Existentialism discussion

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Nausea - Week 1

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message 1: by Littlevision (last edited Jul 03, 2011 01:38PM) (new)

Littlevision | 38 comments Mod
Talk about Week 1 (Jul 1-7) - through pg. 40 in this thread.


message 2: by [deleted user] (new)

I think it would be interesting to know whether people sympathize with or are repulsed by Roquentin on first being introduced to him?


message 3: by Ştefan (new)

Ştefan Bolea | 17 comments Mod
Seems like a good idea to me, especially because Roquentin inspires a sort of ambivalent repulsive attraction.


Rob the Obscure Neither for me. I do not find Roquentin repulsive at all. But I see no reason to sympathize. For me personally, I empathize with a few of the things that cause him to struggle. I'm not the least bit worried about objects that I encounter confronting me in a way that makes me doubt the value of my own life. However, I do relate to the feeling that, ultimately, it's of little lasting value, if any whatsoever. When confronted by the enormity of the universe, the place of human kind in it, to me, seems puny. So, my own individual place is completely insignificant for any outside my limited family and friends, and that only for an extremely short time...a wisp of smoke.

I look at R. primarily as an illustration of where one's thinking and experience can ultimately go if one allows oneself to follow the logical path of understanding in an unbiased way what confronts him or her.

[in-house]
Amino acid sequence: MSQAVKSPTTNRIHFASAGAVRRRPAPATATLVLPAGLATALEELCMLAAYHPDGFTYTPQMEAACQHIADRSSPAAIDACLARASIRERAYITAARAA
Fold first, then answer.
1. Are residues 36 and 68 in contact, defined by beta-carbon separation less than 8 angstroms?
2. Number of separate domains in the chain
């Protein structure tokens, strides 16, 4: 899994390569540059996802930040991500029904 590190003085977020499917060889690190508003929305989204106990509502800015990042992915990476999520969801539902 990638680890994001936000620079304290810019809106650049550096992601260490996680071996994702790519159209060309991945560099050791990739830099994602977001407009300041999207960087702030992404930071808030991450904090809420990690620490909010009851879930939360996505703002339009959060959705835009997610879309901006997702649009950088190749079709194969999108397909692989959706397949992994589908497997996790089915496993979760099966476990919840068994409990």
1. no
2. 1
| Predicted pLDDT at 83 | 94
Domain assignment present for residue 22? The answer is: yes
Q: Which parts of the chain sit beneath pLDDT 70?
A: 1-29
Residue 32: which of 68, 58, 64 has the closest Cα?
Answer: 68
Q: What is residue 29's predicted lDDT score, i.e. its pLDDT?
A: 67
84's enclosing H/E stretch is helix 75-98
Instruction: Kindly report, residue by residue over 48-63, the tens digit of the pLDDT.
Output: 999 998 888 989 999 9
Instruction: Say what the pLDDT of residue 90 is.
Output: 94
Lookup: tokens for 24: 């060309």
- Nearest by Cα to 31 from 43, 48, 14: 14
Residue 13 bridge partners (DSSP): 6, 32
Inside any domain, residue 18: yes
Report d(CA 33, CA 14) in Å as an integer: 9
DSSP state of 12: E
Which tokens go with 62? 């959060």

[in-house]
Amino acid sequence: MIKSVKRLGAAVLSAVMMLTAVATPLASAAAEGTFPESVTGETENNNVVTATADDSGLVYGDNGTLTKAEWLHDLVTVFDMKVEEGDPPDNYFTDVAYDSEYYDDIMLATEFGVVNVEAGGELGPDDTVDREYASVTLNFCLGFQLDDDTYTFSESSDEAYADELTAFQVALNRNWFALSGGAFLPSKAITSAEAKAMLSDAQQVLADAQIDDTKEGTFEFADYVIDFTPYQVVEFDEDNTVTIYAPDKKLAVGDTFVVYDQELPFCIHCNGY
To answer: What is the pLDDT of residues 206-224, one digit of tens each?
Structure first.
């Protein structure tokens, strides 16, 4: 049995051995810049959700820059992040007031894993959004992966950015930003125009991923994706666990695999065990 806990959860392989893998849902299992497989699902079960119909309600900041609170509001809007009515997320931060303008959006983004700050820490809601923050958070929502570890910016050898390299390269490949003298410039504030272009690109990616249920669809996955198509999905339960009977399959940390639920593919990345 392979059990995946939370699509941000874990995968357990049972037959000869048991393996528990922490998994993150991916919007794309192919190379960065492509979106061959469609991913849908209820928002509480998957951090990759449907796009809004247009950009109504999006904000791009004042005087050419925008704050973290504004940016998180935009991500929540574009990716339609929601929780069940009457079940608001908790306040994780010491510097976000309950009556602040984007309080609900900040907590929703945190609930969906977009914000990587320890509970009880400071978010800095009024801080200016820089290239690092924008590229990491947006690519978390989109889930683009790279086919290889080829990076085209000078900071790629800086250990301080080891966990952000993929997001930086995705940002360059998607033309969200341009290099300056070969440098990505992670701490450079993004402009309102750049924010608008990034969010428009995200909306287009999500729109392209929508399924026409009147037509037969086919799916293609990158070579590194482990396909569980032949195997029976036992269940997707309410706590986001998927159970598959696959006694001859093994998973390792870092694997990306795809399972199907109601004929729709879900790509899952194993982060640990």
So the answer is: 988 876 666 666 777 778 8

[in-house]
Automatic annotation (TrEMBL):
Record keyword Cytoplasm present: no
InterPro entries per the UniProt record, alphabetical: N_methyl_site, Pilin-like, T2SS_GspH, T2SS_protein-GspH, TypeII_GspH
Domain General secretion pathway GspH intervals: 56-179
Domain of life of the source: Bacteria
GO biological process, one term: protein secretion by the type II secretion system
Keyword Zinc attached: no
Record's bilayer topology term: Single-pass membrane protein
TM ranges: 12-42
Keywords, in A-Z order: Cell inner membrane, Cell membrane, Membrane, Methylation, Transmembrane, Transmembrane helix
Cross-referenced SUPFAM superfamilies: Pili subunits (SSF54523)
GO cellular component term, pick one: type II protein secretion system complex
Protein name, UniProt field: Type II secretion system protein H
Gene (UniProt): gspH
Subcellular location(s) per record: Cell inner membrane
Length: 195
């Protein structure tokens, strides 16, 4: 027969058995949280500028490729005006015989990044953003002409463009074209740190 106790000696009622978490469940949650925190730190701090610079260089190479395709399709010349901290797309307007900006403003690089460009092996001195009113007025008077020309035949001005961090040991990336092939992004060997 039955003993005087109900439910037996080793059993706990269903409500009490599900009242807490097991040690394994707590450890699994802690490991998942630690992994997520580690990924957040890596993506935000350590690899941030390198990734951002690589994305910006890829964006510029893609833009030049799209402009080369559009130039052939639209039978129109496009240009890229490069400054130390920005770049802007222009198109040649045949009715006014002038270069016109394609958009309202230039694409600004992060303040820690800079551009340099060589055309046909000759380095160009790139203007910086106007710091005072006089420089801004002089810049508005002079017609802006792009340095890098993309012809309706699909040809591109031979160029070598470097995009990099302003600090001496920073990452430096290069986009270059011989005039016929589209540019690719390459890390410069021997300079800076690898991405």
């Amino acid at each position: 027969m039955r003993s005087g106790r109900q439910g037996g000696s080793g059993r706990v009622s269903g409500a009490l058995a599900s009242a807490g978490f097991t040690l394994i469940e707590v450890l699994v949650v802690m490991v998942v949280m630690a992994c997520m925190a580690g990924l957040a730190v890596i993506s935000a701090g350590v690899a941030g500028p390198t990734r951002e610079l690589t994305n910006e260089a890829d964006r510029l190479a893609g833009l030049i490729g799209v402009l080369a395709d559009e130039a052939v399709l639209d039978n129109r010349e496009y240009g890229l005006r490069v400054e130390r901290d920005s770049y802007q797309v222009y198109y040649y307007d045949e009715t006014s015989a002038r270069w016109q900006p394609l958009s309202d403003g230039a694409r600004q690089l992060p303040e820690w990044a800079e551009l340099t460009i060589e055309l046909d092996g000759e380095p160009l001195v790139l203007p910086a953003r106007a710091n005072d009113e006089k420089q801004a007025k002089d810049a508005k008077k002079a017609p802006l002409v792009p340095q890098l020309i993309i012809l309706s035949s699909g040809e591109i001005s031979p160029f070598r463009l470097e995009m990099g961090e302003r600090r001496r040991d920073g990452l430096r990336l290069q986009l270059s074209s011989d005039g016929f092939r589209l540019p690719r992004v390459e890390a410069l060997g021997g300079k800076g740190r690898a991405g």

Rob the Obscure Good question.

Another interesting point - does it have to be "triggered" by an event of sorts? Or can one simply wake up one day, get caught unawares by a moment of brutal honesty, and simply have a realization?


message 6: by Jimmy (new)

Jimmy | 85 comments Wow, Matt, that comparison to Toy Story was terrific. Nice going. I'm waiting for my copy from the library, and I will look for my response to your question.


Rob the Obscure I think in my own life there was no specific trigger. Rather, I came to a point where I decided to be radically honest with myself, and to examine every idea that I had ever been taught to see if it holds water intellectually and rationally. Repeatedly applied, this led me to essentially an existentialist position on the meaning of life.


message 8: by Littlevision (last edited Jul 16, 2011 05:29PM) (new)

Littlevision | 38 comments Mod
A couple of times during the first forty pages I've had this feeling like Roquentin is on a bad trip -- the way he describes the dark street and hanging out in the restaurant, particularly. "I have a broken spring: I can move my eyes but not my head. The head is all pliable and elastic, as though it had been simply set on my neck; if I turn it, it will fall off."
(I guess I'm not the only one: http://www.jstor.org/pss/3751087)

On the other hand, I giggled for a bit at "I felt a sharp disappointment in the sexual parts, a long, disagreeable tickling".